Volume 18 | Number 2 | Summer 2006 | Environmental Issue

page 1
New Study Focuses on Developing Alternative Ways of Validating Storm Water Pollution Control Measures

page 2
Industrial Storm Water: A Look at Georgia’s New Permit

page 3
Researchers Explore Methods to Optimize the Production of Biodiesel

page 4
Project Spotlight:
Researchers Assess UV Disinfection of Meat Processing Brines

page 5
Georgia Environmental Partnership Offers Series of Regional Environmental Network Meetings

page 6
Washington Update:
EPA Announces Initiatives Under Way Related to Animal Feeding Operations

 

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New Study Focuses on Developing Alternative Ways of Validating Storm Water Pollution Control Measures

The new study will evaluate the total suspended solids (TSS) benchmark in terms of containment area cleanliness, helping facilities to determine if optional best management practices (BMPs) such as this mechanical sweeper may be necessary.

Storm water runoff from industrial sites is a leading water pollution concern in the United States. This pollution occurs when rain picks up contaminants from a site’s surfaces and is then discharged directly into nearby rivers, streams, or lakes. In recent years, states have developed a 303(d) list of water bodies characterized as impaired, meaning they fail to meet federal water quality standards or the specific standards for their designated use. This has been done to help focus attention on why these waters are impaired and by what pollutant. Companies located near impaired streams with industrial activities that are a possible source of the identified 303(d) list pollutant(s) are required to sample their storm water discharge on a routine basis.

For meat and poultry operations, runoff containing manure solids is a major concern because of impairment from fecal coliform and possible reduced dissolved oxygen levels. However, no clear relationship has been established between poultry manure solids in discharged processing facility storm water and fecal coliform levels in impaired streams.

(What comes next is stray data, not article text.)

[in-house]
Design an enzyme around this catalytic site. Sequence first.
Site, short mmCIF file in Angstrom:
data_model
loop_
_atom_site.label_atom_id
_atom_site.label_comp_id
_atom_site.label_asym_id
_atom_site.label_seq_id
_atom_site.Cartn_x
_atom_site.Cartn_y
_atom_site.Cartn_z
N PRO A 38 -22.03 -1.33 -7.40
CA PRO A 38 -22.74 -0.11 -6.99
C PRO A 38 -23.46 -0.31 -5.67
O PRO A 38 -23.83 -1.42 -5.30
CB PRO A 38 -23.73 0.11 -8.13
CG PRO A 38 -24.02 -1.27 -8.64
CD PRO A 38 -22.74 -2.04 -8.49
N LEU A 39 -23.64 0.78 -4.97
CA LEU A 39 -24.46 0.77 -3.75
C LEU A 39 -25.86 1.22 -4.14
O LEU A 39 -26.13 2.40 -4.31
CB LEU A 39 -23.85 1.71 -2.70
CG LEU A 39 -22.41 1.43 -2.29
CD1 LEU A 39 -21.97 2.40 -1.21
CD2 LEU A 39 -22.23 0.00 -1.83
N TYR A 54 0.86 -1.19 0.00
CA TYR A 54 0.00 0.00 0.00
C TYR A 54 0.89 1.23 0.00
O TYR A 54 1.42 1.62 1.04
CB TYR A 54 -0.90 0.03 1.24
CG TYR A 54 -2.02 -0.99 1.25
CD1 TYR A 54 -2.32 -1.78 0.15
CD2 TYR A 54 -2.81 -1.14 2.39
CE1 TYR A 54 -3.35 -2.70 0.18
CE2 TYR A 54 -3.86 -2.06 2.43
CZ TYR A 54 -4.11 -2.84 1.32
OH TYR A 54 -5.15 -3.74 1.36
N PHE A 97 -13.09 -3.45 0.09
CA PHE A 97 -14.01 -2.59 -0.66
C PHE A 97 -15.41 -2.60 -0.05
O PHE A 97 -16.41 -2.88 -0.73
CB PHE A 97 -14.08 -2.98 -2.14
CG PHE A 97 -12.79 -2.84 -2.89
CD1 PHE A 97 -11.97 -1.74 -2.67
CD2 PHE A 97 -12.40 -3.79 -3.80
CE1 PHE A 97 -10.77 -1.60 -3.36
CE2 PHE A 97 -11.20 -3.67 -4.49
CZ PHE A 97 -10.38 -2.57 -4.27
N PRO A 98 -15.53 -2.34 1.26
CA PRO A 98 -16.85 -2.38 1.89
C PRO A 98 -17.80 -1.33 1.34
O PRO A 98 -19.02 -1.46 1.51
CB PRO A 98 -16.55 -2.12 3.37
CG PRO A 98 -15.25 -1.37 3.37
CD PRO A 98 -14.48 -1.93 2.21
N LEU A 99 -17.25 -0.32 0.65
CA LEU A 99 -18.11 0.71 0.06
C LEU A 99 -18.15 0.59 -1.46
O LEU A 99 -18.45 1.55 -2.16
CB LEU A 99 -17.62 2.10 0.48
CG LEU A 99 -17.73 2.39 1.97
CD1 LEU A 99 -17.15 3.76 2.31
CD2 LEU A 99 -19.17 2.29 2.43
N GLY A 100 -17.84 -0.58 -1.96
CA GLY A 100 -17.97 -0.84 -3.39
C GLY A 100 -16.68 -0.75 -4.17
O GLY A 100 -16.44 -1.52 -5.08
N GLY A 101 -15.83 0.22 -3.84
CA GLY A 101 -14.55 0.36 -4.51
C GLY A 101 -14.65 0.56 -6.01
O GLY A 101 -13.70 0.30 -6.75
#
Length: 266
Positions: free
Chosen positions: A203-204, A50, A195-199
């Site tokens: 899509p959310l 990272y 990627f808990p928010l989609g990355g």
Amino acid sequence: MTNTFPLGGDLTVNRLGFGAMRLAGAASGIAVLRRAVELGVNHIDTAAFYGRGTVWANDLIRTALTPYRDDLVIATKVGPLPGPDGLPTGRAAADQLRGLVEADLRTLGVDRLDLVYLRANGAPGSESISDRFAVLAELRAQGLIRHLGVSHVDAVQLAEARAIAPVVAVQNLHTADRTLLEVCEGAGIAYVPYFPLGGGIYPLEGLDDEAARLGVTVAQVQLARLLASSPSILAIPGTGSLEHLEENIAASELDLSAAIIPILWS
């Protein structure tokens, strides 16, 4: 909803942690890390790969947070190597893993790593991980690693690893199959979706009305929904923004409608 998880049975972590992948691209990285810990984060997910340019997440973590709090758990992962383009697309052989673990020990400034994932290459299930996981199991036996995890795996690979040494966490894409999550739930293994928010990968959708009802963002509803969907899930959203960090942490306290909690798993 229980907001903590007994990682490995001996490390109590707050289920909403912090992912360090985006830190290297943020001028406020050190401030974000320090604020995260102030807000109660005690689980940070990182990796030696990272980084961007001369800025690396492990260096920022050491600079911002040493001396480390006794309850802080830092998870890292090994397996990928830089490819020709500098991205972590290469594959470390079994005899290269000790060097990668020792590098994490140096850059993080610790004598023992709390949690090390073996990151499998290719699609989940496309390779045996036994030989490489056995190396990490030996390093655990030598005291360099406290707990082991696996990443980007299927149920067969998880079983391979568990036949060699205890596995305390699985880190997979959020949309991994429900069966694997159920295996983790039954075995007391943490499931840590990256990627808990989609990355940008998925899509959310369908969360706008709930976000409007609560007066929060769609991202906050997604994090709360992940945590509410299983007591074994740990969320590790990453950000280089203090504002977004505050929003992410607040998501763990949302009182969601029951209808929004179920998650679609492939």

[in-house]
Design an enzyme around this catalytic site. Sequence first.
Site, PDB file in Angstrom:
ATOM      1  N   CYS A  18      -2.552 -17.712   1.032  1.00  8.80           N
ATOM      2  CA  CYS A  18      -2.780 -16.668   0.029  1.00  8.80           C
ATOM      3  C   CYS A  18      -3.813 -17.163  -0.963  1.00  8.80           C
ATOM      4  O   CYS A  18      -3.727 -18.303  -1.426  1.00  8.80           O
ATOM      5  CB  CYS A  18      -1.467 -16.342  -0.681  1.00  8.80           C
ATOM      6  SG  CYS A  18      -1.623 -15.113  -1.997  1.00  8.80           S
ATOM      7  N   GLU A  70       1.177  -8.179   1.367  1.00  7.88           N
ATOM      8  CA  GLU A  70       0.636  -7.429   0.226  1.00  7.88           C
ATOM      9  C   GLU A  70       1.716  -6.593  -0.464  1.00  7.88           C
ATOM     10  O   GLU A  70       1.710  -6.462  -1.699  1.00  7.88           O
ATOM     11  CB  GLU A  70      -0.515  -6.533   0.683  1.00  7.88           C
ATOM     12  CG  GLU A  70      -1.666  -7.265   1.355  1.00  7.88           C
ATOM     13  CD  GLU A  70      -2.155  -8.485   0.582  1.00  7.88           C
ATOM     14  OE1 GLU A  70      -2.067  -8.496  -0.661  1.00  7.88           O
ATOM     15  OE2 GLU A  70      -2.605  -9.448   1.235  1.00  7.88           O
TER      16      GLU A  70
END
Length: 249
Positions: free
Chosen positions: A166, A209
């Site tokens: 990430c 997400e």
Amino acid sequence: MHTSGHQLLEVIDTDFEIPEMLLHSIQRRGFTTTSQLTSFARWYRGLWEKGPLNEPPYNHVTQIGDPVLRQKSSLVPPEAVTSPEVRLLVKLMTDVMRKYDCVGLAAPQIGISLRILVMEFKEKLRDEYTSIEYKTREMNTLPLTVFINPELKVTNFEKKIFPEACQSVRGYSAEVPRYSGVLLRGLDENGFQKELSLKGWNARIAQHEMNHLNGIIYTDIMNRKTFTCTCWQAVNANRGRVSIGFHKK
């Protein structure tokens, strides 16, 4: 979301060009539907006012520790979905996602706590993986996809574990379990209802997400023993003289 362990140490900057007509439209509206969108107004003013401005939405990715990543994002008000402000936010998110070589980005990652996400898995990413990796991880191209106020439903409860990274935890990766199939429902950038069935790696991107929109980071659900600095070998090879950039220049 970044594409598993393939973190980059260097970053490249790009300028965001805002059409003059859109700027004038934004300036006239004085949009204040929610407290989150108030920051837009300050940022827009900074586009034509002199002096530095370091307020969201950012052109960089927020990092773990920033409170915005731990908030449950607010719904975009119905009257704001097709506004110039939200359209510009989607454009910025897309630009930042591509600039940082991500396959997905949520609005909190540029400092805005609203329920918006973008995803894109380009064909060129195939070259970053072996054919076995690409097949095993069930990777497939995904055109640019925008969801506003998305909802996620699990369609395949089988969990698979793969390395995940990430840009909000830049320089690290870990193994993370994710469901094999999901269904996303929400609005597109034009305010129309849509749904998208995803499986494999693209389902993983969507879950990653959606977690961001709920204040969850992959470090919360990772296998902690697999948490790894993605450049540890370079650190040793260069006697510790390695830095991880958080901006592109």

In lieu of in-stream monitoring, the industry has worked with regulators and interested advocacy groups to establish a benchmark value for discharged storm water based on total suspended solids (TSS). It is designed to help assess if facility storm water pollution prevention plans (SWP3) are minimizing the pollutant(s) of concern discharged. Exceeding the benchmark value is not a permit violation and does not of itself violate state water quality standards; however, in conjunction with other information, a violation of the permit or water quality standards may be considered as demonstrated.

Monitoring data collected by facilities will be analyzed as part of the Georgia Environmental Protection Division’s ongoing effort to confirm the correlation between fecal coliform and TSS (see page 3). With funding from the state’s Traditional Industries Program for Food Processing, researchers with Georgia Tech’s Food Processing Technology Division have also begun a study to evaluate the TSS benchmark in terms of containment area cleanliness.

How well impervious surfaces in containment areas (e.g., loading, unloading, and live animal holding) are cleaned directly impacts manure solids discharged at outfalls, explains John Pierson, a senior research engineer spearheading the Georgia Tech study. By characterizing wash waters and the cleaning approaches (e.g., cleaning frequency and type of cleaning equipment) used for the impervious surfaces, researchers can compile data representative of both concentrated and diluted storm water runoff. Pierson maintains that correlating these data sets will better define the relationship between best management practices (BMPs) outlined in a facility’s SWP3 and manure solids discharged in storm water, thus helping to understand correlations between fecal coliform and total suspended solids.

“We intend to establish a strategy that defines the procedure and tools needed to measure containment area impervious surface cleanliness. We believe the strategy will allow facilities to determine what BMPs work for their particular facility given their watershed considerations,” says Pierson.